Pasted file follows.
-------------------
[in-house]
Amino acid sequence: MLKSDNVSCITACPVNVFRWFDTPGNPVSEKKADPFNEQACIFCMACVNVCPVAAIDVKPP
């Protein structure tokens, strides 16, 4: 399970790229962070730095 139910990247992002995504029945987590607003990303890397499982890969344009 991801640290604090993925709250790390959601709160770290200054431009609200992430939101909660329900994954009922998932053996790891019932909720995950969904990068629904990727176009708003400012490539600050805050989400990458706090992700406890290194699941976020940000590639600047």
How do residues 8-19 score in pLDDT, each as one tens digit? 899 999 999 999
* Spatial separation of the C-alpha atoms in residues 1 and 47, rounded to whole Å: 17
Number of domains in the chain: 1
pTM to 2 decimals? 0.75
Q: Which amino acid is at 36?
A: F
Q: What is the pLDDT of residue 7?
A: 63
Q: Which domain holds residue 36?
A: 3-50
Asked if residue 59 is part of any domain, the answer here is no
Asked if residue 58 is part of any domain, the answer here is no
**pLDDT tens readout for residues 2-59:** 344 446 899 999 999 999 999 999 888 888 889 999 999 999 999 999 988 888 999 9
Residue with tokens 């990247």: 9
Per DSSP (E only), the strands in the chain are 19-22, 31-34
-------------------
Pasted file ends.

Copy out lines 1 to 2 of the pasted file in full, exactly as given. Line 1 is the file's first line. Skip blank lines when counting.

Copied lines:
[in-house]
Amino acid sequence: MLKSDNVSCITACPVNVFRWFDTPGNPVSEKKADPFNEQACIFCMACVNVCPVAAIDVKPP